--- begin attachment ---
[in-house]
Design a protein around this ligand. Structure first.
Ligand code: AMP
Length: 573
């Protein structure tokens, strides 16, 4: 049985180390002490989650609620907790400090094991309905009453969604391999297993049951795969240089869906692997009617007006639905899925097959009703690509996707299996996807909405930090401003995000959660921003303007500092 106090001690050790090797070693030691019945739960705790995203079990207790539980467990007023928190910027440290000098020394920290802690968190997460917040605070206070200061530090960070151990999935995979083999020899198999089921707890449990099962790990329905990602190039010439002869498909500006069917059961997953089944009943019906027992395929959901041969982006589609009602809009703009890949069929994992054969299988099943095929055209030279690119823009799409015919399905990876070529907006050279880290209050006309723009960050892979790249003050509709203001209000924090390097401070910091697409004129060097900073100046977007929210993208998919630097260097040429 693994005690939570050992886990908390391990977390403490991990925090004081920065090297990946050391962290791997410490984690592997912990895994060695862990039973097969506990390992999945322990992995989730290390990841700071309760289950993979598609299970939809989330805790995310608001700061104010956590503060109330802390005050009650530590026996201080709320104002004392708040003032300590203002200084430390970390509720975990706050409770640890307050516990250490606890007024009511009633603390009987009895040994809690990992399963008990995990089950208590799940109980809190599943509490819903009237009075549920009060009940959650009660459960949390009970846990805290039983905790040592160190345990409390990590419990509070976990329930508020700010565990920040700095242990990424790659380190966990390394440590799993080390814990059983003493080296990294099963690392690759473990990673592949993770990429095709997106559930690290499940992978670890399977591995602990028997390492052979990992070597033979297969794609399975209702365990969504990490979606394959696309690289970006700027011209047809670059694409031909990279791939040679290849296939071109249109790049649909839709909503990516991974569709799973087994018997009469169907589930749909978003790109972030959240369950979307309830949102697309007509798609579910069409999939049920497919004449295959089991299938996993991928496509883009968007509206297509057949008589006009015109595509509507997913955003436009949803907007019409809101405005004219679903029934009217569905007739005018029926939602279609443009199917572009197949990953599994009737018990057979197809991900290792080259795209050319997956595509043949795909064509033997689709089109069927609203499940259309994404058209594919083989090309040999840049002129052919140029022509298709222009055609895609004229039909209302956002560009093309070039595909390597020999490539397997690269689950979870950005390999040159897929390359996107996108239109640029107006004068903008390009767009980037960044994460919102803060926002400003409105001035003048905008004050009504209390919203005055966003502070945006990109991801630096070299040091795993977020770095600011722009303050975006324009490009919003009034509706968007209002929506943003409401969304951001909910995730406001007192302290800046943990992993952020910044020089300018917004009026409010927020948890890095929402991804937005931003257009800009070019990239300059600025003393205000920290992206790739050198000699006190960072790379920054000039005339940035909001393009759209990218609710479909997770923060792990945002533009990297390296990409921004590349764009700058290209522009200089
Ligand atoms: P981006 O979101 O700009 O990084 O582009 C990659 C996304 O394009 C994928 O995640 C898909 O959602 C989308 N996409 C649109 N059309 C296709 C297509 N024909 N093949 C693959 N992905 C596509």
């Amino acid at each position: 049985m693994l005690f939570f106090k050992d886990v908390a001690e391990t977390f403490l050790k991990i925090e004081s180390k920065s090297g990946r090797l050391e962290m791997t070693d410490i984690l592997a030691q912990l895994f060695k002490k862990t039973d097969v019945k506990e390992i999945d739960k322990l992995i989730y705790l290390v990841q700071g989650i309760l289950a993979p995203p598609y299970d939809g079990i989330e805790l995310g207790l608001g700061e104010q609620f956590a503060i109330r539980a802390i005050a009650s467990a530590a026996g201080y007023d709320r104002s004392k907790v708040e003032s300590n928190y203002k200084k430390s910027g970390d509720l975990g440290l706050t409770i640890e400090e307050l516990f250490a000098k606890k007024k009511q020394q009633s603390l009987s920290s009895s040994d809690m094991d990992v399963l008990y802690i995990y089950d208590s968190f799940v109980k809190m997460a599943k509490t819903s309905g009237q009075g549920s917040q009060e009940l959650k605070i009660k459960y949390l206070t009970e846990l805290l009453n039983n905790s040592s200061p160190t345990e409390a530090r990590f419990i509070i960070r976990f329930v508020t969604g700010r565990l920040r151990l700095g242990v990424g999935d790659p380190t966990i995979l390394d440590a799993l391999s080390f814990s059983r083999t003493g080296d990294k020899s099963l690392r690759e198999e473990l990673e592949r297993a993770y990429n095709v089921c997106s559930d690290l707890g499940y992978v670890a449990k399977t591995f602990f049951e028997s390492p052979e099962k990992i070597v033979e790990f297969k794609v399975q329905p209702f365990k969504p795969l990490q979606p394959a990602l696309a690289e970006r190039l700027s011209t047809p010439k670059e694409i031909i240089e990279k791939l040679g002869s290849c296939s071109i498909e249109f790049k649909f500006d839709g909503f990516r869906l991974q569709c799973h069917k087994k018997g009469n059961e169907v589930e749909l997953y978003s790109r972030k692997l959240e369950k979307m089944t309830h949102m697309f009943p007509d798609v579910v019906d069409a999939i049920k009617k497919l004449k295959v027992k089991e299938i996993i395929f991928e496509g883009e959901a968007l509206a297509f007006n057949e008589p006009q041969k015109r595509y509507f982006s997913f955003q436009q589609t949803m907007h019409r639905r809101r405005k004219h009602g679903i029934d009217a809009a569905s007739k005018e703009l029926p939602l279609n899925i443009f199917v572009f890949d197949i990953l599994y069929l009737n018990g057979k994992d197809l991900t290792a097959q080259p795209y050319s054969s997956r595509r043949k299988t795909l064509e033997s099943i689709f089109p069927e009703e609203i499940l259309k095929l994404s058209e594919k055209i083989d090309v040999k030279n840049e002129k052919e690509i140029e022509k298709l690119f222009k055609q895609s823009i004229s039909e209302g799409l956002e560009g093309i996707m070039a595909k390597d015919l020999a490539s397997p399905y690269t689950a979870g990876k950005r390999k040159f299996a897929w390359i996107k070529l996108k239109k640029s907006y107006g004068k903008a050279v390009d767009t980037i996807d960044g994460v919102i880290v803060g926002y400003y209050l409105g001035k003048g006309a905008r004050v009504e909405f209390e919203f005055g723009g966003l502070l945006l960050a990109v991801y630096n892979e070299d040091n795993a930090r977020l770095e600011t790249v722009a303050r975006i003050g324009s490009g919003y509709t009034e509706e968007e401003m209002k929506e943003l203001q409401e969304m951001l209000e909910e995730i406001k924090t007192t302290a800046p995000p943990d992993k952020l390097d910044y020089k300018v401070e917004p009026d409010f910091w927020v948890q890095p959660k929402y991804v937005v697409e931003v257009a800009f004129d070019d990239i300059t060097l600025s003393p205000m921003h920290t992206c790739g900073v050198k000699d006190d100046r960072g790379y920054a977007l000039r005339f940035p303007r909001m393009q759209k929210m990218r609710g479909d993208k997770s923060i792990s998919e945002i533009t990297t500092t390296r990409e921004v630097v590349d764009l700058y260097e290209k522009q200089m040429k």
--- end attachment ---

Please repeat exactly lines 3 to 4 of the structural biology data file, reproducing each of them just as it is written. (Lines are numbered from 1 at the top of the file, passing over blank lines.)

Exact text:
Ligand code: AMP
Length: 573